Also worth noting: Real Delta employees were on-site in uniform to serve as brand ambassadors. Agencies: Digitas North America; [a] Non-Agency.
Harman hosted the Connected Automotive experience at the Hard Rock Hotel, an invitation-only event that immersed attendees in its “Experiences per Mile” brand story. The 10,000-square-foot environment featured six engagement zones and a “Tech Bar” where customers could take a deep dive into connected automotive technology. But don’t take our word for it, check out this 3D tour of the space. Agency: George P. Johnson Experience Marketing.
In what has been described as the creepiest experience at CES 2020, HBO teased the third season of its hit series “Westworld” with futuristic dining experiences for industry VIPs and media. And in true “Westworld” fashion (remember that SXSW takeover?), the event was hosted not by HBO, but by Incite, a tech conglomerate introduced in the upcoming season. The fictional company was unveiled at the Wired25 Conference over the fall, and the conversation continued at CES where Incite touted its revolutionary “strategy engine” and vision for the future via two keynote dinners at The NoMad Restaurant. In the months leading up to CES, journalists and thought leaders in tech, business, and entertainment were invited to attend.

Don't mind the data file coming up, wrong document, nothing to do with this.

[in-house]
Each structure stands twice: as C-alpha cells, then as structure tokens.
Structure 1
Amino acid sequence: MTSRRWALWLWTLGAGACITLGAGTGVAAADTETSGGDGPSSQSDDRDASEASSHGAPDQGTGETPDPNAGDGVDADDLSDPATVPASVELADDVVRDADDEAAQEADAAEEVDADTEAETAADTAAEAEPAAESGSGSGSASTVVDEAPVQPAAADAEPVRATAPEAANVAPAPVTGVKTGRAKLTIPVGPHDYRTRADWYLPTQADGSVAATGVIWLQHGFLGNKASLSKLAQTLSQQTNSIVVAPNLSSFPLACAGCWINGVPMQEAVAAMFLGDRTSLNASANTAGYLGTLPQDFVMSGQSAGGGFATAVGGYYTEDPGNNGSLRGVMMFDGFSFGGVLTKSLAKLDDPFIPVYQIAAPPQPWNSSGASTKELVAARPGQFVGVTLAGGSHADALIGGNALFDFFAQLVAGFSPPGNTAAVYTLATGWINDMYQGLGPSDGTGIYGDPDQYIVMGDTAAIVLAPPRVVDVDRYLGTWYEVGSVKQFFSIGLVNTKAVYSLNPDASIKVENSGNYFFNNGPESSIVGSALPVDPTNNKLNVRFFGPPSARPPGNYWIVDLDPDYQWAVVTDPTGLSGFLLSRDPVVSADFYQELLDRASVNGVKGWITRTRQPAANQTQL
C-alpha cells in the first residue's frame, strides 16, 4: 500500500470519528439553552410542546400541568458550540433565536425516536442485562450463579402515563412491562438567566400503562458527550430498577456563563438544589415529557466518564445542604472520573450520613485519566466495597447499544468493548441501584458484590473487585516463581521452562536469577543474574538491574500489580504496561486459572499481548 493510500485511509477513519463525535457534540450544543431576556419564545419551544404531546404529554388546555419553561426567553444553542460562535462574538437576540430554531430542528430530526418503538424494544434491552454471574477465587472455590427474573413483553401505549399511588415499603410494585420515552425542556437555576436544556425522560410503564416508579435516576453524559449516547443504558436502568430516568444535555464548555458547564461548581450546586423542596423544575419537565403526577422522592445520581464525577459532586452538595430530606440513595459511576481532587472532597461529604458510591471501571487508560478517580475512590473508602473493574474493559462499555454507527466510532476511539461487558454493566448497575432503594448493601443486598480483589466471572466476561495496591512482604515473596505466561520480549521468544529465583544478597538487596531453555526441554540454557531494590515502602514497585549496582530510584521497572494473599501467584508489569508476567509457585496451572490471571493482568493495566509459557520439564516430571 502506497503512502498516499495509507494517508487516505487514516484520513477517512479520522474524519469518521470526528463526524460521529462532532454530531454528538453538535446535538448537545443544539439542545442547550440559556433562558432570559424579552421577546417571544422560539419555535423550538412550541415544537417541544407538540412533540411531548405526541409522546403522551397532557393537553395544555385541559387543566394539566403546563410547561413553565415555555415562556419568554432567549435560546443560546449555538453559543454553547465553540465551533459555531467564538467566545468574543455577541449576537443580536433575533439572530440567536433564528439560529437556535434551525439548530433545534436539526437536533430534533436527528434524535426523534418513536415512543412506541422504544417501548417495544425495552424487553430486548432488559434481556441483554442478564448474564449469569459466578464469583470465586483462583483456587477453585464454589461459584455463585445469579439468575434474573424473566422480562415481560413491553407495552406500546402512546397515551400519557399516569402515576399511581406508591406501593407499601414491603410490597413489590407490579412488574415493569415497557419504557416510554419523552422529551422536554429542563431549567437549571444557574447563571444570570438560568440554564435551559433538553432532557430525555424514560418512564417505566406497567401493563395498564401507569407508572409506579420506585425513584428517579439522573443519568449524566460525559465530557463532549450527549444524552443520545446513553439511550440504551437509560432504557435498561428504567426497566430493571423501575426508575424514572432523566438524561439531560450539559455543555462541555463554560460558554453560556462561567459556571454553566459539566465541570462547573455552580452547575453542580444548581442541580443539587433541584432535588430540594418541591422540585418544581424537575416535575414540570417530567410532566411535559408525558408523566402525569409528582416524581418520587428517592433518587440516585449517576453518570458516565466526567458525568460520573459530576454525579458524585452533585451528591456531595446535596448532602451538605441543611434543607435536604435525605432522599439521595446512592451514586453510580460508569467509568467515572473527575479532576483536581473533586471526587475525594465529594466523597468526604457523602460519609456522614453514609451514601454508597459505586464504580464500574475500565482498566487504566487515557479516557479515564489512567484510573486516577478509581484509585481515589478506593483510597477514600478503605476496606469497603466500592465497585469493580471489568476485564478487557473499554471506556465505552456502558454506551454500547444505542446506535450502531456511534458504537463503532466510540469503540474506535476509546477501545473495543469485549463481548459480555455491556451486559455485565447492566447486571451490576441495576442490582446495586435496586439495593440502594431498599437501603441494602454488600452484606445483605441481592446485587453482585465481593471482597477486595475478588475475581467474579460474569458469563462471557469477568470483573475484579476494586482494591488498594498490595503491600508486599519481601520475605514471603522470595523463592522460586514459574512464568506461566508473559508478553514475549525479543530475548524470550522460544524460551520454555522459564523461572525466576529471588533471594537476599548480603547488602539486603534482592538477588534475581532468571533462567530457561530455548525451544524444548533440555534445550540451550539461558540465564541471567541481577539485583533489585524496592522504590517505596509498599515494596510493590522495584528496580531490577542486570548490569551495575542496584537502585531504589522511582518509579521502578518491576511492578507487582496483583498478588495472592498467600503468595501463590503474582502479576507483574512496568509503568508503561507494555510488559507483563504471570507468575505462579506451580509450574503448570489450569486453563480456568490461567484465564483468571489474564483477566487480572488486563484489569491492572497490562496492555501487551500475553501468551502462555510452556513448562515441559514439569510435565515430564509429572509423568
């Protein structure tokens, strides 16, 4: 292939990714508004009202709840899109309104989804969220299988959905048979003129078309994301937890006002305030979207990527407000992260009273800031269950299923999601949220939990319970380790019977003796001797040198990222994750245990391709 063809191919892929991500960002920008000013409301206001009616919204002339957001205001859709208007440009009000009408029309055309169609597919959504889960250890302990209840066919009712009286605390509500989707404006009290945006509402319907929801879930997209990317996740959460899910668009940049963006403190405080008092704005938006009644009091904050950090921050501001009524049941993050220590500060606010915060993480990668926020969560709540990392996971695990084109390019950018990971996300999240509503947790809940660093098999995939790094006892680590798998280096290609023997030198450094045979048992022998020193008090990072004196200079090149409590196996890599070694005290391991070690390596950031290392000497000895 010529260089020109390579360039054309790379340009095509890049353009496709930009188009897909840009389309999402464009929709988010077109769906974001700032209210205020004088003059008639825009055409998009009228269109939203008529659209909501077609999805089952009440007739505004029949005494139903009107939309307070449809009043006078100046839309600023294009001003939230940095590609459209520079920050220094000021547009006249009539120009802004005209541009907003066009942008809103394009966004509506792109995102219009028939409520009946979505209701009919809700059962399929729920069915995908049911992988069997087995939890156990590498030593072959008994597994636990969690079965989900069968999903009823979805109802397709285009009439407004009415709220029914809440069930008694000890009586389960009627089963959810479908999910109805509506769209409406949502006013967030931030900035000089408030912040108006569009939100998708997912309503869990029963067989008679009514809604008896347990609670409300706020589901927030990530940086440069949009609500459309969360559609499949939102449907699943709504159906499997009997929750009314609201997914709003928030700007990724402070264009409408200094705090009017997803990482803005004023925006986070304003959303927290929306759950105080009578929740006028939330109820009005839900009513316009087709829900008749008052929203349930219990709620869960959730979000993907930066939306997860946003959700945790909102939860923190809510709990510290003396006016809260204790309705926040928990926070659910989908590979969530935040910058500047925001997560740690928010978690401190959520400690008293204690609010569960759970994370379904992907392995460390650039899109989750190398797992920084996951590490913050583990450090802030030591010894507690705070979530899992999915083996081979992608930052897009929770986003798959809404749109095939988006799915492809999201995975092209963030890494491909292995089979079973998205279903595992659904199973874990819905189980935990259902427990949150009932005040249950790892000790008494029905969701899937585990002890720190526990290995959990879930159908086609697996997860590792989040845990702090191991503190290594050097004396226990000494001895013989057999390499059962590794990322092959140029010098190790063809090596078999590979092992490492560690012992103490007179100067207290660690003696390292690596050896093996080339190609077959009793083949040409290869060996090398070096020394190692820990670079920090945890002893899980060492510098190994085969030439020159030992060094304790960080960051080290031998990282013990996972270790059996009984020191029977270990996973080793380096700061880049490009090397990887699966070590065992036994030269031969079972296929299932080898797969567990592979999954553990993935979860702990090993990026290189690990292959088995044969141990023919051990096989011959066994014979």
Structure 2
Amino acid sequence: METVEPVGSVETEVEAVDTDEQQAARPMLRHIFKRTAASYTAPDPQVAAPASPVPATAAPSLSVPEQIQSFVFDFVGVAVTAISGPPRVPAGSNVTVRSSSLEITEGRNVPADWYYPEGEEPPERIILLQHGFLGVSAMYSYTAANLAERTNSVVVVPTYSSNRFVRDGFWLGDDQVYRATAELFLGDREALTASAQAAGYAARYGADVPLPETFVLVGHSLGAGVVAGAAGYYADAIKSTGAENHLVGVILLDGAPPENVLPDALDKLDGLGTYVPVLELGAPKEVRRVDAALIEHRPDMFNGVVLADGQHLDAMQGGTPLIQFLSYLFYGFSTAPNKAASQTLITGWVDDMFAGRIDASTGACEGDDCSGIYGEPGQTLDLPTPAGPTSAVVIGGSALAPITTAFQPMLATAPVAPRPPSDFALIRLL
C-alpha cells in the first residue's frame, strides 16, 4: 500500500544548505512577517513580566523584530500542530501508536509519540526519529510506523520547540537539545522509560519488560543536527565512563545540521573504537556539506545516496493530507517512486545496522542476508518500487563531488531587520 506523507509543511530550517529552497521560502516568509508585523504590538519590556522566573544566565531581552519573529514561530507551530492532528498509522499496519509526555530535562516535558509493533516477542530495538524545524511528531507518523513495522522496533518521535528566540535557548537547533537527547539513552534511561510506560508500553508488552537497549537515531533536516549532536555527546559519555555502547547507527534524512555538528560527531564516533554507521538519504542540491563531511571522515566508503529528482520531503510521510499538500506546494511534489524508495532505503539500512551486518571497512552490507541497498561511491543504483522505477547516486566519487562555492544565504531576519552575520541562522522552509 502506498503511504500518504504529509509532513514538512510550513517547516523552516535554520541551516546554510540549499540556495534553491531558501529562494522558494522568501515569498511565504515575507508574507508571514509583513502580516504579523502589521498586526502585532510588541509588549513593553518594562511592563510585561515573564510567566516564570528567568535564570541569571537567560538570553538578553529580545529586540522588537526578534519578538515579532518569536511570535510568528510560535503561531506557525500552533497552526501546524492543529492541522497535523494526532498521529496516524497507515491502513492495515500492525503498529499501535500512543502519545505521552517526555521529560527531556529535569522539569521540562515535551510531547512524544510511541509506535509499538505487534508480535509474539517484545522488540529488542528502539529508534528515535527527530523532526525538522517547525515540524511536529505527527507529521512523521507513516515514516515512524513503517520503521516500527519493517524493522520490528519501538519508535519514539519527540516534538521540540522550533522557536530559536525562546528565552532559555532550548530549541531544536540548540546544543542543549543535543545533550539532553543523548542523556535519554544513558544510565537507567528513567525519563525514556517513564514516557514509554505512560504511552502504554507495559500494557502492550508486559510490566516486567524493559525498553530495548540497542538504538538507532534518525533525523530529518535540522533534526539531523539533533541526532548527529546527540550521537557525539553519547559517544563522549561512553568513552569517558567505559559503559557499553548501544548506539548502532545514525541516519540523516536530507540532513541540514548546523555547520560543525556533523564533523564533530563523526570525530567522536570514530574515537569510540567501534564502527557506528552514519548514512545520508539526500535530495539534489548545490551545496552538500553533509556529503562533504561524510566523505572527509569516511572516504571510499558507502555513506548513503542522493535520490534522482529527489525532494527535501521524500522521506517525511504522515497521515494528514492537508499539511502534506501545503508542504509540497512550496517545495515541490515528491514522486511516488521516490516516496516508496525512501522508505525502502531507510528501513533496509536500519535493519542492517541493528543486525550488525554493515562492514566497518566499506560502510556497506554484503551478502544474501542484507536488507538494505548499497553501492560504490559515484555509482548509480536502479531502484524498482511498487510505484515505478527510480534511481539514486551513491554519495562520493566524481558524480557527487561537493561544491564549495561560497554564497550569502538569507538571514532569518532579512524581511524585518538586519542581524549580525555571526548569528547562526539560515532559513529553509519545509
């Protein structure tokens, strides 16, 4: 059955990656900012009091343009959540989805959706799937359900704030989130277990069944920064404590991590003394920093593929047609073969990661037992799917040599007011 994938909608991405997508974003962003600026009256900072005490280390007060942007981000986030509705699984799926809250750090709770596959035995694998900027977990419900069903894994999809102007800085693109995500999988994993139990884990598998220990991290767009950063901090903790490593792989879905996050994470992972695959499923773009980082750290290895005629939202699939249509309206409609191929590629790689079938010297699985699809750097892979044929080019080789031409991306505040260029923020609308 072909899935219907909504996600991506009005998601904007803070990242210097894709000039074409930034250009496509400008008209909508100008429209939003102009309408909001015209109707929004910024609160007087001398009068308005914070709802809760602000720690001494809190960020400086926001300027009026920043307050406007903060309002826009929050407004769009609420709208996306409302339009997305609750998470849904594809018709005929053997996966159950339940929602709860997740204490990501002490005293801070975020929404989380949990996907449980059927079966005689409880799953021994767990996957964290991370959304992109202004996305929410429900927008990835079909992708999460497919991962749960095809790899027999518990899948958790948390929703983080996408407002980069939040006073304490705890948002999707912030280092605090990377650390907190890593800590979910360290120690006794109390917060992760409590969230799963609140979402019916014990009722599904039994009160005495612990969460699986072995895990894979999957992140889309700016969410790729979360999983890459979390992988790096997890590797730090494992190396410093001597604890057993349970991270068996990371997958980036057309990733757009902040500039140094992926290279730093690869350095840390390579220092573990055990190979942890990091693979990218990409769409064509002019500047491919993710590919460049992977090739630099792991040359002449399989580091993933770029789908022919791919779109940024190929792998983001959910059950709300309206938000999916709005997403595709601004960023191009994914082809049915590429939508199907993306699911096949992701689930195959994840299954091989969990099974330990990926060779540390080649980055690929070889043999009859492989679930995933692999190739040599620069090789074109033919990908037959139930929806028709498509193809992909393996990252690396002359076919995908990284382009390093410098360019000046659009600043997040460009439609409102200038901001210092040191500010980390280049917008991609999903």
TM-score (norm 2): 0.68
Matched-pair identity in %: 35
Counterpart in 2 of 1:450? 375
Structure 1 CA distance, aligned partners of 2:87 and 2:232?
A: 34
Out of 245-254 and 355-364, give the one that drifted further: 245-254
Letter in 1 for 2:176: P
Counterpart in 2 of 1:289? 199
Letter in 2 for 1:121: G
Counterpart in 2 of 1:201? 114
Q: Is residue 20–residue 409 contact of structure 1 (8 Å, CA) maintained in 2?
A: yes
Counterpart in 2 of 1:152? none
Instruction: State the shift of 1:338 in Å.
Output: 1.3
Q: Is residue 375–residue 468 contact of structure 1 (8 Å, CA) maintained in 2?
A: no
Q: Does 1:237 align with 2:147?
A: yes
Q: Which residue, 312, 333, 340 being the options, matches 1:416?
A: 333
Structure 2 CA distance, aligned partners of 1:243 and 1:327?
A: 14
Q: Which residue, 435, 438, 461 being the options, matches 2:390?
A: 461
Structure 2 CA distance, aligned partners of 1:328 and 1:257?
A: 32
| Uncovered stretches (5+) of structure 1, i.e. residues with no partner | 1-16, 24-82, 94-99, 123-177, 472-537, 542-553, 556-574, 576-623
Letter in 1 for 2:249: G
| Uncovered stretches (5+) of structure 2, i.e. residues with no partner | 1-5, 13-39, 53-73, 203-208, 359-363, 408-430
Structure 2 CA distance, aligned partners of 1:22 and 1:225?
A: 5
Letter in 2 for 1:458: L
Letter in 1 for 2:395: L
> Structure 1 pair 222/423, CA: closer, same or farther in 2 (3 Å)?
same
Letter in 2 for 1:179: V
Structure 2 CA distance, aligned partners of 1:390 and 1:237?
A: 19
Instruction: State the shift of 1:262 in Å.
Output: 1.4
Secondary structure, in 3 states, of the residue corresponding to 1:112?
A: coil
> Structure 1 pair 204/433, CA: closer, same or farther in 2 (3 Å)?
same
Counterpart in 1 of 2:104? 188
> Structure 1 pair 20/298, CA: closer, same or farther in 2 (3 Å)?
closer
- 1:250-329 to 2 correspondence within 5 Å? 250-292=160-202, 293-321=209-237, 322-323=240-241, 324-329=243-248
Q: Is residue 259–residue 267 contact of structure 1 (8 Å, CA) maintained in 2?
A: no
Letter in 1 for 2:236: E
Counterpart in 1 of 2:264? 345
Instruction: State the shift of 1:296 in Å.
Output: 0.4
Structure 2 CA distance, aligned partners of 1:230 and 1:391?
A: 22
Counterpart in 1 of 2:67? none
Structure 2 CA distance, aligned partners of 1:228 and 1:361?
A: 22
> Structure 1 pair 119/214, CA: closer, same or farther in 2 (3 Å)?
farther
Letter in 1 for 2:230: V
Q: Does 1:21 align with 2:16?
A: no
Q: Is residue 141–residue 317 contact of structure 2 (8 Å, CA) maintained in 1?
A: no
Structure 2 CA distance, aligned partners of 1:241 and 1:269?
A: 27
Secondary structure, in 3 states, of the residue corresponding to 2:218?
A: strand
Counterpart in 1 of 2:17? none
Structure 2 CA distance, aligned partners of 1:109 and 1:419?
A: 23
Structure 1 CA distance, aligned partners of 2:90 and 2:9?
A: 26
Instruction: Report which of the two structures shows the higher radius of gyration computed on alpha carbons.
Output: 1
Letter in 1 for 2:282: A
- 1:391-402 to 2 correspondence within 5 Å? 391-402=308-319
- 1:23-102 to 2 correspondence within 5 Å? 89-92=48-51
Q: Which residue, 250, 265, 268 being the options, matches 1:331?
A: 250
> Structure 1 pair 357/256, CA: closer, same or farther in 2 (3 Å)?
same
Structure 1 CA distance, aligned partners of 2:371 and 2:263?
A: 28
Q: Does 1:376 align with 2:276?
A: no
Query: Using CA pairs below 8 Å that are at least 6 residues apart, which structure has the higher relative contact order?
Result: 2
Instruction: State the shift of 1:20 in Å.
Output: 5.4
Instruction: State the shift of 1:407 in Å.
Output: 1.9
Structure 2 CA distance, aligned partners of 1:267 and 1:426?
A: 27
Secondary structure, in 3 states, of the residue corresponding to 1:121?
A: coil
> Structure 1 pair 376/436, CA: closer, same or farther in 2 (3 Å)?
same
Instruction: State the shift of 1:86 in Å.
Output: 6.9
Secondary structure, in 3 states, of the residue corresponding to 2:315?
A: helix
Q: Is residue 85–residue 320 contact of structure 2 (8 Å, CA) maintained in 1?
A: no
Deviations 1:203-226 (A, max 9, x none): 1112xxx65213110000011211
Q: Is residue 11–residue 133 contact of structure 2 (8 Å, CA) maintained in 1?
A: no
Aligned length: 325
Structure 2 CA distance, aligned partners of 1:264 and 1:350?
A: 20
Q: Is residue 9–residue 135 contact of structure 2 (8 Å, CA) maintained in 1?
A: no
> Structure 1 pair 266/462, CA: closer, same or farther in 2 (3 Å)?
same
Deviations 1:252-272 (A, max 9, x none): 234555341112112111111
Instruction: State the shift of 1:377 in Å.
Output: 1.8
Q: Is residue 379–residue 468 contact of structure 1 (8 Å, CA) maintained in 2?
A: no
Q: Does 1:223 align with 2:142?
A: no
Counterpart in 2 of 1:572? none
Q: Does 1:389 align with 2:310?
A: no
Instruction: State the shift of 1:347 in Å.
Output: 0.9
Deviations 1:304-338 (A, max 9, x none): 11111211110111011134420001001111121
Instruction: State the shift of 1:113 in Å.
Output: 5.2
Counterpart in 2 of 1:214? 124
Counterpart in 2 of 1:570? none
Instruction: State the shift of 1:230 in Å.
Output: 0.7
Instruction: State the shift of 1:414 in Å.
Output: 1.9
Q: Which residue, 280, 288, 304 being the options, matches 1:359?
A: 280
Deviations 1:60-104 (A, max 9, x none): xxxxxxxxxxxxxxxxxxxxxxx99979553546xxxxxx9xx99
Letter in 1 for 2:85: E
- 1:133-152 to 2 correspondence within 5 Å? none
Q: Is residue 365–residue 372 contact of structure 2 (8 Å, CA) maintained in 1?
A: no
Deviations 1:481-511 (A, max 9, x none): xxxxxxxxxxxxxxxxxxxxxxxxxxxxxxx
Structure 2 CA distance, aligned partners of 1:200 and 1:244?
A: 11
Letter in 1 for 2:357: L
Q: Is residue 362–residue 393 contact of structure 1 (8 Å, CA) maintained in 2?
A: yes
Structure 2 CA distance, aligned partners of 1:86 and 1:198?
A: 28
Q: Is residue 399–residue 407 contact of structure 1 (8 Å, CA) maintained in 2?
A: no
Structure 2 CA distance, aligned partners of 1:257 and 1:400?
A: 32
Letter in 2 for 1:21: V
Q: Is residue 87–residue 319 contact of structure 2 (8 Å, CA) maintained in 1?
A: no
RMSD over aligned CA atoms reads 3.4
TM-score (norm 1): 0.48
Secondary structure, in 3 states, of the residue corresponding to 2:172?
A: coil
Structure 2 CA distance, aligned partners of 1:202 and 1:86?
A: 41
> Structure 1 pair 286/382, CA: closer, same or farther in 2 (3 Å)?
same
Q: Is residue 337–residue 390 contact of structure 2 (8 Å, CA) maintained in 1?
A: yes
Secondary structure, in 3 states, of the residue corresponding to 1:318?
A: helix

Incite put its “your data doesn’t work for us—we work for you” principle to the test during each dining event. The attendee experience was hyper-personalized from the very start to showcase the company’s “extraordinary computing power.” Each attendee had a script written just for them (the full activation script totaled 600 pages), brought to life by Incite representatives who interacted with them throughout the evening. And here’s where it gets really disturbing: Data on attendees was compiled using only public databases and guests’ online profiles. Commentary on the promises and perils of a data-driven society? Check. Agencies: Giant Spoon, Mycotoo.
There’s nothing CES attendees love more than a virtual reality experience (OK, Charmin, you win there). But Jeep came in at a close second with its elevated, literally, VR test drive. Its booth inside the Las Vegas Convention Center featured a show-stopping 4D VR engagement—the 2020 Jeep Wrangler Rubicon hoisted up on hydraulics pistons that “navigated” the trail attendees were experiencing through the goggles. Attendees hopped into the vehicle, buckled up, and the VR content drove them on an off-road course through the Moab desert, which included a stunning shot of Hells Gate. Agency/Creative: George P. Johnson Experience Marketing. Simulator Build: Metal Crafters. VR Content: Spinifex Group.
Photo courtesy: Kristy Walker Photography
IBM engaged customers and prospects in the impact the brand is making in the way people live, work and play. Among zones featured in the space: Business Transformation, Quantum Computing, Tech for Good and AI and Blockchain meets eSports. Check out the experience design in the gallery below. Agency: George P. Johnson Experience Marketing.